The Loon decided to interrogate her own reaction via Twitter, sparking a fascinating conversation that the Loon tried to Storify until Storify’s obtuse UI combined with its dislike for the Loon’s Mozilla Firefox installation stopped her dead. (If someone else would care to Storify that stream, the Loon would be most grateful. Thanks to @Miz_Peacock, we have a Storified account of it.) The consensus was… well, there wasn’t one, save for a pervasive sense that The Rules could be broken, but only when certain personal or contextual circumstances obtain.

That a few workplace and conference contexts are more easygoing about The Rules than most (and Access, which the Loon once attended, does indeed fit this category) strikes the Loon as uncontroversial, but not the whole story either. That those with privilege—and in a librarianship context, Ruest has several sorts of privilege, tech privilege among them—risk less when breaking The Rules also seems commonsensical. Lastly, the Loon agrees with various among her Twitter commenters that some people use others’ infractions of The Rules as ad feminam/hominem attacks to avoid engaging with their uncomfortable ideas.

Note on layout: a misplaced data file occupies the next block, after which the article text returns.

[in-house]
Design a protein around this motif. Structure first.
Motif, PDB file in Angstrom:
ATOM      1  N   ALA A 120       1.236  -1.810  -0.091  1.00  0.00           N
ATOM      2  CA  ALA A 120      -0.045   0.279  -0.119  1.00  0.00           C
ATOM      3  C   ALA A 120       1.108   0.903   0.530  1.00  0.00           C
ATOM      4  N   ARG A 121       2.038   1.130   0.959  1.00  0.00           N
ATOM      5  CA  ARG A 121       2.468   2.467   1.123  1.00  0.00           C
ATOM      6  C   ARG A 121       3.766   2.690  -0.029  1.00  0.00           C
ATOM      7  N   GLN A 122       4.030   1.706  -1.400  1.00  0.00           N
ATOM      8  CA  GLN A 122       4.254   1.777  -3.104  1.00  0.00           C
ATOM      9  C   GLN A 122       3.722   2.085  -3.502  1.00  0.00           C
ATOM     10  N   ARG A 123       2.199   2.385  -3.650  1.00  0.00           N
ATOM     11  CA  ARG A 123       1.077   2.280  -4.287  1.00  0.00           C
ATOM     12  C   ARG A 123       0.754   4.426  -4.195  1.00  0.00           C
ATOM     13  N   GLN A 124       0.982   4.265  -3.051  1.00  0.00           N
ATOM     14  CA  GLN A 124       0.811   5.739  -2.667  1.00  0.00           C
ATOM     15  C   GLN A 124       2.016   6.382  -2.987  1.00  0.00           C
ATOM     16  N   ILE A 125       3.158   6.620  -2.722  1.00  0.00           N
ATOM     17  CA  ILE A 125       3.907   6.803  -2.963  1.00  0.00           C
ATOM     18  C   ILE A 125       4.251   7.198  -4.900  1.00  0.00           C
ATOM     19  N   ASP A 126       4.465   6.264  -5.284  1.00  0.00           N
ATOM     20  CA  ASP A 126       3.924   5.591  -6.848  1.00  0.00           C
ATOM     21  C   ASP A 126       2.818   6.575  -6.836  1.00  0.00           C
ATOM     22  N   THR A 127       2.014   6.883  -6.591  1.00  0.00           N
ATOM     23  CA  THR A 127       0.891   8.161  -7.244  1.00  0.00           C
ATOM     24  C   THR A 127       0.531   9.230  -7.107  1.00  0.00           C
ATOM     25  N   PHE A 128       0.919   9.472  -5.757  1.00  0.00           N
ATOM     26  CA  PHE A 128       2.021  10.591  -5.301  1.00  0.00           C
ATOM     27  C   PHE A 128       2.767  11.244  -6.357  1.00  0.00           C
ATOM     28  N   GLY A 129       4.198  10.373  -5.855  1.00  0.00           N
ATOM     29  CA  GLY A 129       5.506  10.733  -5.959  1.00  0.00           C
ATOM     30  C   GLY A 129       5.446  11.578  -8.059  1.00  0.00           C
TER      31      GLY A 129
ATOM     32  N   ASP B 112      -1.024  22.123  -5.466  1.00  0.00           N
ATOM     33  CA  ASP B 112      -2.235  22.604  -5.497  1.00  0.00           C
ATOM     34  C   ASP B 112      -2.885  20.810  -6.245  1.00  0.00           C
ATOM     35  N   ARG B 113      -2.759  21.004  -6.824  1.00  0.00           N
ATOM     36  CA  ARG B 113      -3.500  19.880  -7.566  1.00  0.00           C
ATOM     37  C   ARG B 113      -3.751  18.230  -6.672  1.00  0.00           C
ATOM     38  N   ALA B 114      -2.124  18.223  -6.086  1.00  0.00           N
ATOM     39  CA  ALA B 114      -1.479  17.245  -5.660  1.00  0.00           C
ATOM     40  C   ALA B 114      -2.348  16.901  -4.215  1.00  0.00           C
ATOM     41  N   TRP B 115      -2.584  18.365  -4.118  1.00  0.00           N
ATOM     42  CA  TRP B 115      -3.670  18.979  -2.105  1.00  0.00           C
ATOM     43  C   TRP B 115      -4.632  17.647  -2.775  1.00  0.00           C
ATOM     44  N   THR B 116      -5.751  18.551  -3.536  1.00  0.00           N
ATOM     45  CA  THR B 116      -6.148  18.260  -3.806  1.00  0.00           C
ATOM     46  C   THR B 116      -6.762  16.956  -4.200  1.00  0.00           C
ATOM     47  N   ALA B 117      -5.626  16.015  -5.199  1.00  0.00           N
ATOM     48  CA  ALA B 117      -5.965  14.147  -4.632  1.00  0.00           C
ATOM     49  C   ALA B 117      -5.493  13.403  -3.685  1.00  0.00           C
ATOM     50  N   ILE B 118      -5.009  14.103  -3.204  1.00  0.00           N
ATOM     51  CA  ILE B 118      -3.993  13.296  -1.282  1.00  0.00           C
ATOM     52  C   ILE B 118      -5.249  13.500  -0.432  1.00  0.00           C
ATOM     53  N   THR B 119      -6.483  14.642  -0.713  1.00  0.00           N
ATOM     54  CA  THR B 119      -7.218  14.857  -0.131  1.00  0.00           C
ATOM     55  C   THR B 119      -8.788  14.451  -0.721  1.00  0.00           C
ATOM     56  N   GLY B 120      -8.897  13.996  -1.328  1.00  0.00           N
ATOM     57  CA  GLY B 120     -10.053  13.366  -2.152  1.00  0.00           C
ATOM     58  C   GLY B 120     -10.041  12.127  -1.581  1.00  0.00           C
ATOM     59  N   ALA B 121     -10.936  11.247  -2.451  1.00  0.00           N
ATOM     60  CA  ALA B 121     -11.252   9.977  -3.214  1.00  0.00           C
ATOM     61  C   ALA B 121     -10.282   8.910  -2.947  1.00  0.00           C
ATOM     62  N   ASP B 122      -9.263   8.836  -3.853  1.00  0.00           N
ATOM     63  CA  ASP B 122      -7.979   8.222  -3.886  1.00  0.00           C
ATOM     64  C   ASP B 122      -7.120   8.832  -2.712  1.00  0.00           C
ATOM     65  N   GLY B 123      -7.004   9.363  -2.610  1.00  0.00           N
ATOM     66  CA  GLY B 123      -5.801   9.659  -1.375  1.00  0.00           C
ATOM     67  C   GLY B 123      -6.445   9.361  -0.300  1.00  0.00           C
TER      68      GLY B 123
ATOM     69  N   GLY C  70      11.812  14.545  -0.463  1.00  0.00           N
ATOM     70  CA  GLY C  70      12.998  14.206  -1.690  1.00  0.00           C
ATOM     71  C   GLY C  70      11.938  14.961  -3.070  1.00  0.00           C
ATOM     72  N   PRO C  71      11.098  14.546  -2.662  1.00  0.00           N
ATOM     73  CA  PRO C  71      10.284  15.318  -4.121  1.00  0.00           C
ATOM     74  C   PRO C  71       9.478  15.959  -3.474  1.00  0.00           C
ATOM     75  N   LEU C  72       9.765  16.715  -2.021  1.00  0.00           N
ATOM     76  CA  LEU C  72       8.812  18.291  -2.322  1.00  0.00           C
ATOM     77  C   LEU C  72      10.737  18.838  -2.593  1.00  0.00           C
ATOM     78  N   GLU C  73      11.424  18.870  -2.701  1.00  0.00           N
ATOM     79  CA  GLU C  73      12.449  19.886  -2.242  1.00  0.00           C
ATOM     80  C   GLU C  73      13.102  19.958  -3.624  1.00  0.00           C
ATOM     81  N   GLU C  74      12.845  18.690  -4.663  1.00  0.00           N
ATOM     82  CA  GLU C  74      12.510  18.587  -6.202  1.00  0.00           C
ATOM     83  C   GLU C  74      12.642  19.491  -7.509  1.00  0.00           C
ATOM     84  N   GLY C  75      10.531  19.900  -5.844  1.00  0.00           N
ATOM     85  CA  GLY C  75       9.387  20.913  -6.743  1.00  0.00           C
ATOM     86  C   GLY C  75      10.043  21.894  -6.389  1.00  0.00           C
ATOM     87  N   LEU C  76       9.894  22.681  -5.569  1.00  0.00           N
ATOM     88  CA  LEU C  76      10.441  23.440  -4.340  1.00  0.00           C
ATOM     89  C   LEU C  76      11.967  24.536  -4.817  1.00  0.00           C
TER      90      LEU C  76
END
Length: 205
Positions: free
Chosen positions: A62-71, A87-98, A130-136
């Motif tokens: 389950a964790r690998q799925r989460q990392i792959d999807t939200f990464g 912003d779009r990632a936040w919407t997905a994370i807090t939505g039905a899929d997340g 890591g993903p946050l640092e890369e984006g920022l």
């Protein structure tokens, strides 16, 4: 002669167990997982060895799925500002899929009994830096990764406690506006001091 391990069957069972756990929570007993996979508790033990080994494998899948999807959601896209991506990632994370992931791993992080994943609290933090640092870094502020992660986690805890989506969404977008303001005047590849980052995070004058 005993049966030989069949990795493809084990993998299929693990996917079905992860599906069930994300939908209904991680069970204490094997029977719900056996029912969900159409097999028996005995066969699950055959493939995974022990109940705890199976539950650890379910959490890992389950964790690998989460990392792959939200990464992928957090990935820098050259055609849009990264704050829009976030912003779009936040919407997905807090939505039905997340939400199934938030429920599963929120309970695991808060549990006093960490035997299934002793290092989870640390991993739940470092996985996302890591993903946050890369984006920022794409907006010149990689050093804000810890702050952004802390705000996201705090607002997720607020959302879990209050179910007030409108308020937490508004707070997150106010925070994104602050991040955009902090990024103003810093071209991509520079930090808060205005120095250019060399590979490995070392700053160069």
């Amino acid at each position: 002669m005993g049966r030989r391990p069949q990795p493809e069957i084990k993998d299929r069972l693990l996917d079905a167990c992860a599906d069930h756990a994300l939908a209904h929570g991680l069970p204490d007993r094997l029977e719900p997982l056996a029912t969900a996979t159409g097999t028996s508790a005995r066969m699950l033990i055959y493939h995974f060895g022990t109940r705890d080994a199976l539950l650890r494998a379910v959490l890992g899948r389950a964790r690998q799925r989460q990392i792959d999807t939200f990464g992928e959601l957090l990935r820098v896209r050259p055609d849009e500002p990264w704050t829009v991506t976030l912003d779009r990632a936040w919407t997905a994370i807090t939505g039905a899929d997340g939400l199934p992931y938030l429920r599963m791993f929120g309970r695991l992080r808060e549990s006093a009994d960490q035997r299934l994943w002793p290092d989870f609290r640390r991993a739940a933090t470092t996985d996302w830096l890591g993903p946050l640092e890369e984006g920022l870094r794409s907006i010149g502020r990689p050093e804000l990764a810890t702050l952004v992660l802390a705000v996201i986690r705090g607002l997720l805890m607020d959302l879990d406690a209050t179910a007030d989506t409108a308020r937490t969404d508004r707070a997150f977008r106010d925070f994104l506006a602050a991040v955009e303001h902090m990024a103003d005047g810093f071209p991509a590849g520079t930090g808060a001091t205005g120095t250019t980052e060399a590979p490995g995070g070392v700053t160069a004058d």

The Loon would add from her own experience that at least sometimes, breaking The Rules doesn’t make a crucial difference until it suddenly does. Librarians absolutely carp and clutch pearls and shake their fingers (or analogous digits) about dress, swearing, social-media presence, or even “unprofessional” conference photographs, but it is still possible to flout The Rules, or at least These Rules, and survive… for a time. Until the Rules-breaker angers someone (usually within his or her workplace) either in a position of power or able to tattle to someone in a position of power, whereupon infractions of The Rules often provide all necessary excuse for broad-based silencing, regardless of whether such infractions have anything whatever to do with the actual beef.